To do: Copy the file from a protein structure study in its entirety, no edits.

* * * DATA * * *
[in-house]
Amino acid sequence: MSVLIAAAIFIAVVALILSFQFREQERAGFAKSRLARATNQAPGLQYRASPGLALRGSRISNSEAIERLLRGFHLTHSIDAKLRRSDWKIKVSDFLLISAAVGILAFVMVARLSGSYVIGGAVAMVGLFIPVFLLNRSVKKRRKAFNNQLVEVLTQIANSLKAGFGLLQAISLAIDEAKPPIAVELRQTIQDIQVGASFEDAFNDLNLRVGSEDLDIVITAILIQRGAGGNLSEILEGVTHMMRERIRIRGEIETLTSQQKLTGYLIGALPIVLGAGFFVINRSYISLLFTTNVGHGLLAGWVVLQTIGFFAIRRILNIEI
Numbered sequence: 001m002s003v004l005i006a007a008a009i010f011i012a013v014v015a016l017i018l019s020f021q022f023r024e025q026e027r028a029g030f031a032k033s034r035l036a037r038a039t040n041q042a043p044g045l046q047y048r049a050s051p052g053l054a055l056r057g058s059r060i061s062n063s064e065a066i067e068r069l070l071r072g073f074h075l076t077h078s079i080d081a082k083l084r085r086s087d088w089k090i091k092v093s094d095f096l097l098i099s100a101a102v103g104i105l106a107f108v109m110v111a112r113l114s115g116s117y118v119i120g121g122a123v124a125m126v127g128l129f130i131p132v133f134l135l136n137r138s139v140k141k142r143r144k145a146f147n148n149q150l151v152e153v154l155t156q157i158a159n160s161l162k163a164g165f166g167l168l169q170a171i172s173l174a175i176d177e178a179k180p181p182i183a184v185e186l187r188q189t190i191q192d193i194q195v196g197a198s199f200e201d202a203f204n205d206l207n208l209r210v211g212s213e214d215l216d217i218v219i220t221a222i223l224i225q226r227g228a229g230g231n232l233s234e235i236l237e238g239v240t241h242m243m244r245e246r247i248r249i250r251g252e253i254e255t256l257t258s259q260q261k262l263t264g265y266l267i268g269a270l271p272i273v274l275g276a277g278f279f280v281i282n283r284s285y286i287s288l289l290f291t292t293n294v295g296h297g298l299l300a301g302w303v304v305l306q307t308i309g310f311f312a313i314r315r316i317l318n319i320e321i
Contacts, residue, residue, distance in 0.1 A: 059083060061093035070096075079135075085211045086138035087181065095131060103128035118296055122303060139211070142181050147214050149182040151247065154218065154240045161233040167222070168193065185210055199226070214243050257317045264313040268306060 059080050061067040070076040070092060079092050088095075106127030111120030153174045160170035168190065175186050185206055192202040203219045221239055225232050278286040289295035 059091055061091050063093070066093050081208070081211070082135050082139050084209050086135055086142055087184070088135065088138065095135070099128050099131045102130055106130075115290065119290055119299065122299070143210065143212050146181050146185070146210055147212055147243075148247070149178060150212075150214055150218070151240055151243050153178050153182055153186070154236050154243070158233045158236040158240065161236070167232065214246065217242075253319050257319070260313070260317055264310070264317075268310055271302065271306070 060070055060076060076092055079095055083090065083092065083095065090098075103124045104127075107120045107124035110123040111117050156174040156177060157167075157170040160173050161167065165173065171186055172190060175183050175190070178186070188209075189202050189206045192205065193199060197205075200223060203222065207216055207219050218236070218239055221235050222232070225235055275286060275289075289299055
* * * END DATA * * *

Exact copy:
[in-house]
Amino acid sequence: MSVLIAAAIFIAVVALILSFQFREQERAGFAKSRLARATNQAPGLQYRASPGLALRGSRISNSEAIERLLRGFHLTHSIDAKLRRSDWKIKVSDFLLISAAVGILAFVMVARLSGSYVIGGAVAMVGLFIPVFLLNRSVKKRRKAFNNQLVEVLTQIANSLKAGFGLLQAISLAIDEAKPPIAVELRQTIQDIQVGASFEDAFNDLNLRVGSEDLDIVITAILIQRGAGGNLSEILEGVTHMMRERIRIRGEIETLTSQQKLTGYLIGALPIVLGAGFFVINRSYISLLFTTNVGHGLLAGWVVLQTIGFFAIRRILNIEI
Numbered sequence: 001m002s003v004l005i006a007a008a009i010f011i012a013v014v015a016l017i018l019s020f021q022f023r024e025q026e027r028a029g030f031a032k033s034r035l036a037r038a039t040n041q042a043p044g045l046q047y048r049a050s051p052g053l054a055l056r057g058s059r060i061s062n063s064e065a066i067e068r069l070l071r072g073f074h075l076t077h078s079i080d081a082k083l084r085r086s087d088w089k090i091k092v093s094d095f096l097l098i099s100a101a102v103g104i105l106a107f108v109m110v111a112r113l114s115g116s117y118v119i120g121g122a123v124a125m126v127g128l129f130i131p132v133f134l135l136n137r138s139v140k141k142r143r144k145a146f147n148n149q150l151v152e153v154l155t156q157i158a159n160s161l162k163a164g165f166g167l168l169q170a171i172s173l174a175i176d177e178a179k180p181p182i183a184v185e186l187r188q189t190i191q192d193i194q195v196g197a198s199f200e201d202a203f204n205d206l207n208l209r210v211g212s213e214d215l216d217i218v219i220t221a222i223l224i225q226r227g228a229g230g231n232l233s234e235i236l237e238g239v240t241h242m243m244r245e246r247i248r249i250r251g252e253i254e255t256l257t258s259q260q261k262l263t264g265y266l267i268g269a270l271p272i273v274l275g276a277g278f279f280v281i282n283r284s285y286i287s288l289l290f291t292t293n294v295g296h297g298l299l300a301g302w303v304v305l306q307t308i309g310f311f312a313i314r315r316i317l318n319i320e321i
Contacts, residue, residue, distance in 0.1 A: 059083060061093035070096075079135075085211045086138035087181065095131060103128035118296055122303060139211070142181050147214050149182040151247065154218065154240045161233040167222070168193065185210055199226070214243050257317045264313040268306060 059080050061067040070076040070092060079092050088095075106127030111120030153174045160170035168190065175186050185206055192202040203219045221239055225232050278286040289295035 059091055061091050063093070066093050081208070081211070082135050082139050084209050086135055086142055087184070088135065088138065095135070099128050099131045102130055106130075115290065119290055119299065122299070143210065143212050146181050146185070146210055147212055147243075148247070149178060150212075150214055150218070151240055151243050153178050153182055153186070154236050154243070158233045158236040158240065161236070167232065214246065217242075253319050257319070260313070260317055264310070264317075268310055271302065271306070 060070055060076060076092055079095055083090065083092065083095065090098075103124045104127075107120045107124035110123040111117050156174040156177060157167075157170040160173050161167065165173065171186055172190060175183050175190070178186070188209075189202050189206045192205065193199060197205075200223060203222065207216055207219050218236070218239055221235050222232070225235055275286060275289075289299055